After getting up to speed on the Miles Master in England, Fred Mitchell was sent to North Africa and No. 73 Operational Training Unit (OTU) at Abu Suier. Abu Suier was originally formed on 20 November 1941, at Sheikh Othman in the seaport city of Aden, Yemen, under the control of No. 207 Group. It would be January 1942 before sufficient personnel were available to begin training. Initially the unit operated a slim selection of Curtiss Mohawks and Hawker Hurricanes and was tasked with training fighter pilots in desert conditions. It then moved to Abu Sueir along the Suez Canal, where it began operating in February 1943 as a fighter-bomber training unit. It came under No. 203 Group on 10 May 1943 and moved to Fayid in June 1944, disbanding there on 25 September 1945. Here we see Spitfire “Trop”, a tropicalized Spitfire Mk V from No. 73 OTU in North Africa, with a special Vokes filter under her chin. It was on this type of Spitfire that Fred Mitchell began his front line fighter training. Photo by Stan Colley, Peter Arnold Collection
A flight of three Spitfire Mk V Trops flying over the Egyptian desert. Roger Andrews at thescale.info explains: “A flight of Spitfire Mk Vs, most likely with 73 OTU in 1944/45. JK926/1 and JG933/6 (the two closest Spitfires) both served with 73 OTU at that time. The aircraft would seem to have been repainted in the day fighter scheme, at a Maintenance unit in the Middle East.” Photo via Derek Pennington at thescale.info
Another 73 OTU Spitfire showing the obviously less streamlined face of the otherwise gorgeous Spitfire V. Photo from Fritz Johl Collection via Tinus le Roux
Spitfire V Trops at 73 Operational Training Unit at Abu Suier, Egypt along the edge of the Suez Canal. Instructor Collin Sinclair of the South African Air Force stands at the wing. Photo from Colin Sinclair Collection
No. 73 Operational Training Unit Spitfire V Trop overhead Abu Suier, Egypt. Photo by Bomb Finney from Colin Sinclair Collection via Tinus le Roux
A pair of 73 OTU Spitfire V Trops roars across the Western Egyptian desert. Photo from Fritz Johl Collection via Tinus le Roux
Another shot of a 73 OTU Spitfire (this one without the Vokes filter) overflying the Great Bitter Lake and the Suez Canal. The Great Bitter Lake is a saltwater lake which is part of the Suez Canal. It is connected to the Small Bitter Lake, through which the canal also runs. Photo from Fritz Johl Collection via Tinus le Roux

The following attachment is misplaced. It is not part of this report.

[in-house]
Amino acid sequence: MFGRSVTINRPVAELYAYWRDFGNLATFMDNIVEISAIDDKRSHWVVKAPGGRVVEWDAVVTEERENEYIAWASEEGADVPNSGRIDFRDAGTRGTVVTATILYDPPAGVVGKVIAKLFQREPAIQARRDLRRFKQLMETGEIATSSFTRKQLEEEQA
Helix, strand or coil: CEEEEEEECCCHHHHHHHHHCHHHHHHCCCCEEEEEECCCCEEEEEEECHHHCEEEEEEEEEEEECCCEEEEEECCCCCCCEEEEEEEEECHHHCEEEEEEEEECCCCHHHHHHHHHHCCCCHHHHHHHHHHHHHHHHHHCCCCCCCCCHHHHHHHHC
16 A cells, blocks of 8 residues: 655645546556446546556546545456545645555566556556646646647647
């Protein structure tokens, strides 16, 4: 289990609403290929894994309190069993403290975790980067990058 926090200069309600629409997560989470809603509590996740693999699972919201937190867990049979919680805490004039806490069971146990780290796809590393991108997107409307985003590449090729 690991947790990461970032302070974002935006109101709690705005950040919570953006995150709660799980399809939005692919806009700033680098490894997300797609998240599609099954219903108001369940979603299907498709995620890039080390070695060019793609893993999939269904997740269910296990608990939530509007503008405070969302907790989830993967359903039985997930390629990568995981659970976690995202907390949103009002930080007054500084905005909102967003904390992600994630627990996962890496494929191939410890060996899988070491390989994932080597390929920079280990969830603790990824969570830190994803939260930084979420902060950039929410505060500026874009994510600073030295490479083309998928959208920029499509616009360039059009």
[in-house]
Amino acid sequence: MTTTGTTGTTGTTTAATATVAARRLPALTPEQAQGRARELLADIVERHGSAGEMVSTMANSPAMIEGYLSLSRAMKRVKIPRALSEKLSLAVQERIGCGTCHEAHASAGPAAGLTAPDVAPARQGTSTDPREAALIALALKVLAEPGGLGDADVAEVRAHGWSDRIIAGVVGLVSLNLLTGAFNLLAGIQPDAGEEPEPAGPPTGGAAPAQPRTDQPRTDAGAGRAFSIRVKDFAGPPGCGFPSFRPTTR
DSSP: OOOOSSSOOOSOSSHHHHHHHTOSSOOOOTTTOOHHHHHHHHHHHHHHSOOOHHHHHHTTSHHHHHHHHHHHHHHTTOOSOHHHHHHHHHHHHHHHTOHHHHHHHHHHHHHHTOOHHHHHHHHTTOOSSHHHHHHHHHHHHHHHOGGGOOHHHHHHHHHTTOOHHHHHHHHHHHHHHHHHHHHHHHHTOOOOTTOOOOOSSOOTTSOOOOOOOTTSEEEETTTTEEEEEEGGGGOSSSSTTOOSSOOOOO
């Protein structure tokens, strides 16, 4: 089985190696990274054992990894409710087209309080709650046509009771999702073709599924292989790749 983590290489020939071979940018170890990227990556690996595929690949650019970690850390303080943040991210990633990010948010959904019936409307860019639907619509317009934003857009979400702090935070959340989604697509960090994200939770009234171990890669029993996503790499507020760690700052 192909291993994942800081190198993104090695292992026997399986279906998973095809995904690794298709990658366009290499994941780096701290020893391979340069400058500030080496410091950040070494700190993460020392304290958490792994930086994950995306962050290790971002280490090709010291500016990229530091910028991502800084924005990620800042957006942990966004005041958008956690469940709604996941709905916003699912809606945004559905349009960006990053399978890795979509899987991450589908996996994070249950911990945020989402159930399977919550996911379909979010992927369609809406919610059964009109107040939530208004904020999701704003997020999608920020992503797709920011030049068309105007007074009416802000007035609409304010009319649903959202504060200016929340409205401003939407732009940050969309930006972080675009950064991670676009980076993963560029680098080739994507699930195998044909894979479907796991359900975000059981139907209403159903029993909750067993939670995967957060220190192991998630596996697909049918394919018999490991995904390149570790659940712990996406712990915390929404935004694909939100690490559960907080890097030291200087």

Young Spitfire pilot Fred Mitchell leans casually next to a Spitfire Trop somewhere in the North African Desert, likely Abu Suier, Egypt near the Suez Canal. Note the large Vokes filter air scoop under the Trop’s chin. Spitfires in North Africa operated in some extreme conditions with sifting sand, dust and extreme heat. Supermarine Spitfires that were assigned to the Mediterranean and North African theatres of operation had to have modifications made to the air induction system. Two different air filtering systems were used on these Spitfires, which unfortunately altered their famous streamlined good looks. The Aboukir Tropical Filter had a shorter intake scoop, while the Vokes system (above), used for filtering out the omnipresent desert sand, had a longer intake. These North African Vokes Spitfires were also used in Mid East and Far East theatres of operations. Photo via Mitchell Family Archive
After OTU at Abu Suier, Mitchell spent a few months in Sardinia for additional training on Spitfire Vs, VIIIs, and IXs, before being sent back to England to join a Canadian squadron—the RCAF’s 421 Red Indian Squadron, flying Merlin-powered Spitfire IXs and Griffon-powered Spitfires. It was in December of 1944 that the 421 squadron received the Spitfire XIV. In 1945, the unit participated in the liberation of the Netherlands, before moving into Germany. At the end of the war, the unit had achieved over 90 aerial victories. Photo via Mitchell Family Archive
One of the many special connections that Fred Mitchell had with his grand son Rob was that, as a member of the 421 Red Indian Squadron, he flew Spitfire AU-J. Our own Spitfire, SL721, is painted to commemorate a 421 Squadron Spit with that very aircraft code on its sides. It is not known whether the AU-J written into Fred’s logbook on 17 May 1944 was the same Mk XVI that ours is dedicated to, known to have been the personal aircraft of Flight Lieutenant William Harper. Photo by Rob Mitchell